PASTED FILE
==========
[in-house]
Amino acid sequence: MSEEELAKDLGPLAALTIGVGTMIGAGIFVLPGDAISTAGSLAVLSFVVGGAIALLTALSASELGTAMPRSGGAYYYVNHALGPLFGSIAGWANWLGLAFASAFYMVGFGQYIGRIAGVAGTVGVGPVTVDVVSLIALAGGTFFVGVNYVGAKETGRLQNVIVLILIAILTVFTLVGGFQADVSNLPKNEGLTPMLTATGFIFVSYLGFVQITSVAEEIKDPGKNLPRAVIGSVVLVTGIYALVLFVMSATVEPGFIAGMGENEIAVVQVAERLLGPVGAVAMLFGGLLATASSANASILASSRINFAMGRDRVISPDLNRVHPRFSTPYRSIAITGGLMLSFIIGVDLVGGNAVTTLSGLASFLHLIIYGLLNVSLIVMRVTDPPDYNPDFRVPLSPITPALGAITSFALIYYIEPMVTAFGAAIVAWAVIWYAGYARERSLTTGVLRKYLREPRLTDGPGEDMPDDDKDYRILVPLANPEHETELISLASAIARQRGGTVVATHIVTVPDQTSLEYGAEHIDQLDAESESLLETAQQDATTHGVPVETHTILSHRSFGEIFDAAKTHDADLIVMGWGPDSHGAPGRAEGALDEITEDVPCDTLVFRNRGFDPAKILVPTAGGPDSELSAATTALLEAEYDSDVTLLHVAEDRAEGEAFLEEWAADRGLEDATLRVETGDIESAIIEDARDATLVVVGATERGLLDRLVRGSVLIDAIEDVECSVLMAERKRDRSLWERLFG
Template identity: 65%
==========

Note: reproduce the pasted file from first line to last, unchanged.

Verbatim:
[in-house]
Amino acid sequence: MSEEELAKDLGPLAALTIGVGTMIGAGIFVLPGDAISTAGSLAVLSFVVGGAIALLTALSASELGTAMPRSGGAYYYVNHALGPLFGSIAGWANWLGLAFASAFYMVGFGQYIGRIAGVAGTVGVGPVTVDVVSLIALAGGTFFVGVNYVGAKETGRLQNVIVLILIAILTVFTLVGGFQADVSNLPKNEGLTPMLTATGFIFVSYLGFVQITSVAEEIKDPGKNLPRAVIGSVVLVTGIYALVLFVMSATVEPGFIAGMGENEIAVVQVAERLLGPVGAVAMLFGGLLATASSANASILASSRINFAMGRDRVISPDLNRVHPRFSTPYRSIAITGGLMLSFIIGVDLVGGNAVTTLSGLASFLHLIIYGLLNVSLIVMRVTDPPDYNPDFRVPLSPITPALGAITSFALIYYIEPMVTAFGAAIVAWAVIWYAGYARERSLTTGVLRKYLREPRLTDGPGEDMPDDDKDYRILVPLANPEHETELISLASAIARQRGGTVVATHIVTVPDQTSLEYGAEHIDQLDAESESLLETAQQDATTHGVPVETHTILSHRSFGEIFDAAKTHDADLIVMGWGPDSHGAPGRAEGALDEITEDVPCDTLVFRNRGFDPAKILVPTAGGPDSELSAATTALLEAEYDSDVTLLHVAEDRAEGEAFLEEWAADRGLEDATLRVETGDIESAIIEDARDATLVVVGATERGLLDRLVRGSVLIDAIEDVECSVLMAERKRDRSLWERLFG
Template identity: 65%